Graphql - Phoenix - APIs and security


This is technical question, actually I’m working with phoenix and absinthe for my web app, but I have some question about Grahql and the security of it…

I already read some post on internet about how to “secure” your Graphql api etc… But basically all people tells that you need first authenticate the user and after recieve the data, but lets suppose a website like here ElixirForum…

All post/members are avaliable to non logged users and you can navegate the forum without any problem… Now lets suposse someone create a bot to make a lot of api request, it will be blocked (I suppose), well thats exactly what I’m looking for… How to secure api against abuse from externa users on an authenticate and non authenticate way with Phoenix? Do I need add a captcha after many request? How you know exactly than a user its making many request? Also more patterns to secure a API if its possible…

My phoenix app don’t server any html, its completely for API and Channels (waiting for subscription on absinthe) use, so I want if someone can give me recommendations to secure it :smiley:

I’m sorry if my English is not good I still learning ^^’

There’s probably a few different ways to handle it in the latest version, but one I saw @benwilson512 mention in the slack channel that struck me as elegant is to have a function that returns a function which acts as a security gate on your resolver, something like this:

field :my_object, :object_type do
  resolve must_be_admin(&Resolvers.resolve_my_object/3)

#outside of schema, assumes you've added the current user to the context based on auth mechanism
def must_be_admin(resolver) do
     parent, params, %{context: %{current_user: %{admin: true}}}=res -> resolver.(parent, params, res) 
     _, _, _ -> {:error, :not_an_admin}

I’ve probably butchered what was said, but that’s the gist of it… You can probably find a more elegant way of doing this with middleware now as well, since that’s been added in 1.3.

Yeah with the introduction of middleware this pattern is not really what you want to do.

Before we get to that though, I want to understand the problem a bit better.

If you allow unauthenticated API requests then it will not be blocked. I don’t know of any way for an API to tell the difference between a human being and a “bot”. For one thing most APIs actually get hit from other programs, like the javascript running in a browser.

If you want to know more about how to do authentication with GraphQL you can check our guides , which we will expand on this week to include more middleware content. For now you can check the middleware docs:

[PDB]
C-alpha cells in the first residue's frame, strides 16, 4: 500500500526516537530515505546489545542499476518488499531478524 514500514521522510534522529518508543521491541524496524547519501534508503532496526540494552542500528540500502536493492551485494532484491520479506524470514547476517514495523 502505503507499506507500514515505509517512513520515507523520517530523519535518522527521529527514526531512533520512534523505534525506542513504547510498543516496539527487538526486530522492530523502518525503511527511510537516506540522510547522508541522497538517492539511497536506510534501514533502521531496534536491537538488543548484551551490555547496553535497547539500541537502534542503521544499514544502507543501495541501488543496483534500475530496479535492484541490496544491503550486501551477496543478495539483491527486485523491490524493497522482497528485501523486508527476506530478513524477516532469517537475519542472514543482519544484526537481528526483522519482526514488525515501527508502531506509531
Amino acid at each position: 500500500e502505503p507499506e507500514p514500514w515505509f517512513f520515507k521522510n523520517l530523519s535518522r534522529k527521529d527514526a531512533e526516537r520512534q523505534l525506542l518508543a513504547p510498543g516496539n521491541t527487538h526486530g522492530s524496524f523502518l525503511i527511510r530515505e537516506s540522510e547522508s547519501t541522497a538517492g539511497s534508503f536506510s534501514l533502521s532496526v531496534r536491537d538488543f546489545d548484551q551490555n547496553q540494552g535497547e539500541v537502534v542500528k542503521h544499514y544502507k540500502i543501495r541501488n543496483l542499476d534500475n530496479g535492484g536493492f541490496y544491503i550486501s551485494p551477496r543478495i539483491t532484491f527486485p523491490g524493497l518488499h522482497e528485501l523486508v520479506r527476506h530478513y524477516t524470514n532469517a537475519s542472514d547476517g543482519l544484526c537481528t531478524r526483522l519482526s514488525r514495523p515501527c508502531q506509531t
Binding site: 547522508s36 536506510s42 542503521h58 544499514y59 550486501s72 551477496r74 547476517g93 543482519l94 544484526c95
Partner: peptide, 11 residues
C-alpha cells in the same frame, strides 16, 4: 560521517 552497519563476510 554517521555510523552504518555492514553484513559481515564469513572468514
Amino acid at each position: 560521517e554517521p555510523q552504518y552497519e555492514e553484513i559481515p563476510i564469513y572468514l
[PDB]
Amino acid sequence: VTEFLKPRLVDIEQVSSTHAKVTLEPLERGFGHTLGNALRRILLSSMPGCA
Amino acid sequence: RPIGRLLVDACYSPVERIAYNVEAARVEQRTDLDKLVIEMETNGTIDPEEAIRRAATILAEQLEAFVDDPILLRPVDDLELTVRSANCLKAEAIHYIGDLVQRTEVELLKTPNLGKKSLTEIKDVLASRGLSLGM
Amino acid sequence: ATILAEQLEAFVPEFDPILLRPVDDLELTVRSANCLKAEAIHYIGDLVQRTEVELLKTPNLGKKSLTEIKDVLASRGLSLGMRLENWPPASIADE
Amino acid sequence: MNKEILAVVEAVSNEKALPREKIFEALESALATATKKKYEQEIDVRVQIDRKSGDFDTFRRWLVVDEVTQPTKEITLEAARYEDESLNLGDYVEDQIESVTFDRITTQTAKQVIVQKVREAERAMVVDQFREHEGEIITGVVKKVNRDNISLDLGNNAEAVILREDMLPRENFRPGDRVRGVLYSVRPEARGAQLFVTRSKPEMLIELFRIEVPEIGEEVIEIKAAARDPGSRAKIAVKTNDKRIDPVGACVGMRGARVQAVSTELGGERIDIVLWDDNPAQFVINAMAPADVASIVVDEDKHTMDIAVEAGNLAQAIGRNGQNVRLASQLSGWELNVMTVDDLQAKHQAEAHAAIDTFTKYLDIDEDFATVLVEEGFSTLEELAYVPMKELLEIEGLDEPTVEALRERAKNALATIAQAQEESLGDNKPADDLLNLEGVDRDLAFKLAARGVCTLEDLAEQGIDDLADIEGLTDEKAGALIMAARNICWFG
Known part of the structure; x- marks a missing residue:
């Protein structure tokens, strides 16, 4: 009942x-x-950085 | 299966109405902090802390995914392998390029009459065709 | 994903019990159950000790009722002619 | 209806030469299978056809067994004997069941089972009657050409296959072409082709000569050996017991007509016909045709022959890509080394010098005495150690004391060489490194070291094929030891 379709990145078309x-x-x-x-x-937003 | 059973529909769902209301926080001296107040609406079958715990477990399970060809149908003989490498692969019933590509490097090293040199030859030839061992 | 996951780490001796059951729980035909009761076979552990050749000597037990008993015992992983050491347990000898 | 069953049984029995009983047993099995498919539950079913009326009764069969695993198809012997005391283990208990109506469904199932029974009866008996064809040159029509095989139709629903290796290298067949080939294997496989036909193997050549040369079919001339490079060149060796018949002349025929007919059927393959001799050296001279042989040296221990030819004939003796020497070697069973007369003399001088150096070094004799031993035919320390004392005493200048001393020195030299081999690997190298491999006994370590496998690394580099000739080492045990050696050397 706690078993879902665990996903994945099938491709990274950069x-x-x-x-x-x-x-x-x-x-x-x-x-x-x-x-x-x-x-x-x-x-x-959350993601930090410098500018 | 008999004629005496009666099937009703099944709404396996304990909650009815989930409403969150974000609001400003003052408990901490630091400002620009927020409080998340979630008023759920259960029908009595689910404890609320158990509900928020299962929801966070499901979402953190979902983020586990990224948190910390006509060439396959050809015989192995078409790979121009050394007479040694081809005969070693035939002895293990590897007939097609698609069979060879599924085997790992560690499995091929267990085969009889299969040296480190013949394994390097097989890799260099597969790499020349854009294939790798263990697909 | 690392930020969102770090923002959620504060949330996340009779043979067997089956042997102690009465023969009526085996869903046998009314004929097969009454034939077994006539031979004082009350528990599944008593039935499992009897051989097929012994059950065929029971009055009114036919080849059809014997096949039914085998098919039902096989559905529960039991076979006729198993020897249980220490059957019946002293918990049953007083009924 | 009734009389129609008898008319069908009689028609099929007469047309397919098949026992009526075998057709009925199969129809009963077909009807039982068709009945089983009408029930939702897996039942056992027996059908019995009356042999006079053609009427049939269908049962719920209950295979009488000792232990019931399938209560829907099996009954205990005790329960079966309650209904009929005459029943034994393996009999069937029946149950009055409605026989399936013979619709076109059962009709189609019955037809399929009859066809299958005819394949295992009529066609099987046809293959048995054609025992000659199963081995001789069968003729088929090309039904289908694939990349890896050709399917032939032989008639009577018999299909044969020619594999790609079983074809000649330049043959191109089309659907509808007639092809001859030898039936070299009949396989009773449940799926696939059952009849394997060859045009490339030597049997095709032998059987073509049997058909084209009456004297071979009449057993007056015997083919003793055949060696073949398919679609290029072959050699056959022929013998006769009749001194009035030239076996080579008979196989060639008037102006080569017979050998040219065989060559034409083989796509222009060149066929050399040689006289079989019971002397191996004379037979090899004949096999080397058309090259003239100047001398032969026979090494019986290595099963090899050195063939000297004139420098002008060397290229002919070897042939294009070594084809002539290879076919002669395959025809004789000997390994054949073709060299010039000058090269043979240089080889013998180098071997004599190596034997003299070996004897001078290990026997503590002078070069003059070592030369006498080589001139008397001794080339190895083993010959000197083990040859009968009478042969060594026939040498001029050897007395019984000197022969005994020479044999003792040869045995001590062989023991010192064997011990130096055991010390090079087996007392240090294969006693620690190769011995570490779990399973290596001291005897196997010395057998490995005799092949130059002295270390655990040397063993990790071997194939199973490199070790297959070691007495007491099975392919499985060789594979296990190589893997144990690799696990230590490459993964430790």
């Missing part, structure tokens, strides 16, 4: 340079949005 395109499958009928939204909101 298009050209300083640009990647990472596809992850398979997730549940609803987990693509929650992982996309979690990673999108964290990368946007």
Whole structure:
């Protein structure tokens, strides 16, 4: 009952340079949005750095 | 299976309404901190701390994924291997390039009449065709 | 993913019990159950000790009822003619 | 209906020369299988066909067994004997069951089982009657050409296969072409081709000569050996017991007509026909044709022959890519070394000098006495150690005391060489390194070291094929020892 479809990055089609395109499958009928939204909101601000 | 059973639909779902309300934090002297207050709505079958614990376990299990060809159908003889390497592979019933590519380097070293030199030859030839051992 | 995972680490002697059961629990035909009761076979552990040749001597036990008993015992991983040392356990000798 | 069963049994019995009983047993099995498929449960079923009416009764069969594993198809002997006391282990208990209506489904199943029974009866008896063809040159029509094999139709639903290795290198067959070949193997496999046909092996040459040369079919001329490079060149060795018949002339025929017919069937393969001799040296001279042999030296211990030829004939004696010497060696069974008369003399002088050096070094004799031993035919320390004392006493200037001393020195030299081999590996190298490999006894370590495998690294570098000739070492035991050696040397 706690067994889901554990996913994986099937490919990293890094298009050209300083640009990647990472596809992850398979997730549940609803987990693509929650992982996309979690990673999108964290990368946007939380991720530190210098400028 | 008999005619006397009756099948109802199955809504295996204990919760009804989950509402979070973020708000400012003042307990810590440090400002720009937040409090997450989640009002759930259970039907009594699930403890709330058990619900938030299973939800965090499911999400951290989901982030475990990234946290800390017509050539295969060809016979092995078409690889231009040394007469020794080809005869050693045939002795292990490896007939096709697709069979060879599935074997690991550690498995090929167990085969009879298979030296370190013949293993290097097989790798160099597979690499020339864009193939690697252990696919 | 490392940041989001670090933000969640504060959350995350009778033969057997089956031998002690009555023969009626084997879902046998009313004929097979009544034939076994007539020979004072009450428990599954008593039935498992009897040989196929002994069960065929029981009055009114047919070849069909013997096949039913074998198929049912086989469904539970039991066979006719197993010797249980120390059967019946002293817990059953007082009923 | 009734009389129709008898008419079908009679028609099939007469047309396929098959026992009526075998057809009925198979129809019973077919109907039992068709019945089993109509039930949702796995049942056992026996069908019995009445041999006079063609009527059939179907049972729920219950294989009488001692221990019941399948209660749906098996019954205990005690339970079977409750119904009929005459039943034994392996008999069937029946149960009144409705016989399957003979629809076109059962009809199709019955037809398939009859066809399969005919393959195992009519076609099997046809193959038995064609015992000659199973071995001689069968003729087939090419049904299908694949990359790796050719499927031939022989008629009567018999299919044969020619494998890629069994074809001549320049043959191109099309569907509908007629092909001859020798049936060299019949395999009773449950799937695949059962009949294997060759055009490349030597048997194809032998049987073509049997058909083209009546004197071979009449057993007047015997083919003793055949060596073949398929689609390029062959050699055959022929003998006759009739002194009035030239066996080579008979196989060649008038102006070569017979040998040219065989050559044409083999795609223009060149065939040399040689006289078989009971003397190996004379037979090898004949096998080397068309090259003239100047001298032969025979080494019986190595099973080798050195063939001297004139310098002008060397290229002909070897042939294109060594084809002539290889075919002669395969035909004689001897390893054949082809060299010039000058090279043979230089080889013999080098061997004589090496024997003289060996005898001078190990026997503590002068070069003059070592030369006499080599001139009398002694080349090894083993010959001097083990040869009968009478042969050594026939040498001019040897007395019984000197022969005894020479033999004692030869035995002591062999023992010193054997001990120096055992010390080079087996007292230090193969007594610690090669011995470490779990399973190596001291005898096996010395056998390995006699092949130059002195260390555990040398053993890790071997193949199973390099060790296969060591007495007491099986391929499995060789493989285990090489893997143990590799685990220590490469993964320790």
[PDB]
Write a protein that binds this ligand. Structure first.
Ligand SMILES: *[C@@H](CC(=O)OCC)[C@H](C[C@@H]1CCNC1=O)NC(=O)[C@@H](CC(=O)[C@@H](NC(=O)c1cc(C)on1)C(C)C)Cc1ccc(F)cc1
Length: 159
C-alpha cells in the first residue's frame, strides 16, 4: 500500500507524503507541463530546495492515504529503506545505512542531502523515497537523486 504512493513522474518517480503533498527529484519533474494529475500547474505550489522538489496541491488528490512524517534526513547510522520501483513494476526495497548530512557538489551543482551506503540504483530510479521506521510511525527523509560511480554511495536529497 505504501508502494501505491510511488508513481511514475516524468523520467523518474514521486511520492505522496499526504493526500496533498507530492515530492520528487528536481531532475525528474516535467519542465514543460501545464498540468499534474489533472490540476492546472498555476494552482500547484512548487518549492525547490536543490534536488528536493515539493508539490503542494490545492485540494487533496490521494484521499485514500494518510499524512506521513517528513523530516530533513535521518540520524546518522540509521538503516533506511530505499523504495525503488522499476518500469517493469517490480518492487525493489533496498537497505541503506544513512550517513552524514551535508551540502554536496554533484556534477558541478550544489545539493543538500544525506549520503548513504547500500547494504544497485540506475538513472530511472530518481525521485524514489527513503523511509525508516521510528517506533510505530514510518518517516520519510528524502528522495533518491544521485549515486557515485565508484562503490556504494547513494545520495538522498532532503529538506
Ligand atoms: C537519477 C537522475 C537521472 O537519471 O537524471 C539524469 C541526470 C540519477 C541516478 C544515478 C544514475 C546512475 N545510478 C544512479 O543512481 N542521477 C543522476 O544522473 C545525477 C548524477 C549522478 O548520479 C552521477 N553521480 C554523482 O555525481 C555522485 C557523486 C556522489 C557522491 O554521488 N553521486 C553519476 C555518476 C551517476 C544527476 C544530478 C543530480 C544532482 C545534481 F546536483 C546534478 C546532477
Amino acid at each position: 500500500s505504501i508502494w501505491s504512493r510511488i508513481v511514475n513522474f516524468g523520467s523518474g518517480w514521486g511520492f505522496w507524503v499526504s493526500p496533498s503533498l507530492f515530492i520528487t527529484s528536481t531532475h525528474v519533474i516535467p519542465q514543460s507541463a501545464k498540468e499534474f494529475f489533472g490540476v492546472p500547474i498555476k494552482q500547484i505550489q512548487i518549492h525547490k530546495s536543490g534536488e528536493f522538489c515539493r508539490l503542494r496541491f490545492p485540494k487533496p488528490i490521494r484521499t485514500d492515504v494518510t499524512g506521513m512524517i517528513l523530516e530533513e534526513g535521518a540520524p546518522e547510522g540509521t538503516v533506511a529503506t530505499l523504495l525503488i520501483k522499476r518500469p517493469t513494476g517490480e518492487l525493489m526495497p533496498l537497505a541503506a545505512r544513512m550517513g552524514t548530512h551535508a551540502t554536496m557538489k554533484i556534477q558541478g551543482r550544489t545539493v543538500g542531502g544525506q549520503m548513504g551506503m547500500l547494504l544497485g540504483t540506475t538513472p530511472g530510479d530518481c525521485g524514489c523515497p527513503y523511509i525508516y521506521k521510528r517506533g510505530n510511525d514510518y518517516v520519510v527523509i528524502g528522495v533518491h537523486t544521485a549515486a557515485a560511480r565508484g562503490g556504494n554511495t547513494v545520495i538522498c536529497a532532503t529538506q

Trying to block bots isn’t a GraphQL responsibility, nor is it something that I think makes sense for APIs. If you need to do rate limiting to make sure a client doesn’t make too many requests you can look into that, but that isn’t a GraphQL responsibility either.

I would say this is more responsibility of the transport (HTTP) layer, than the application itself (with GraphQL).

Some time ago I extracted (and generalised) this functionality from hexpm in the form of plug_attack package.

The simplest way is to e.g. throttle requests to 10/min/IP or something similar.


First of all @karmajunkie @benwilson512 thanks to answer! ^^

I think my biggest problem is communicating correctly in English (sorry about it), I already know things like authenticate and middleware etc…

Sure, I know it, in general my real question maybe is How to secure a api against abuse use?

What I was triying to say with Graphql it’s an example, how and authenticate user can abuse like a non autenticate user so how avoid this kind of things at the HTTP layer of Phoenix (I know that is not a work from graphql itself)

So many thanks, a answer like this its exactly what I’m searching for, like I’d say on my previous comment, I have some problems to express exactly what I need (or the main idea) when I write on english, sorry about it.

I’ll take a look to the library, again thanks! ^^

I think your English is great—I just didn’t read your original question all the way through! :-/ Sorry for clouding up the discussion…

Definitely what @michalmuskala said. I’ve not written any throttlers on my current system (its internal anyway), but I have in the past, this is absolutely how this should be handled. Instead of just a number of requests per minute I’ve in the past made it with a certain ‘weight’ per IP/user per minute/hour and for simple queries they may have a weight of 1 or 5 and complex ones like something that returns a large list may have a weight of 500 or something, and once exceeded then just return the normal HTTP error code of too fast or whatever it was called.

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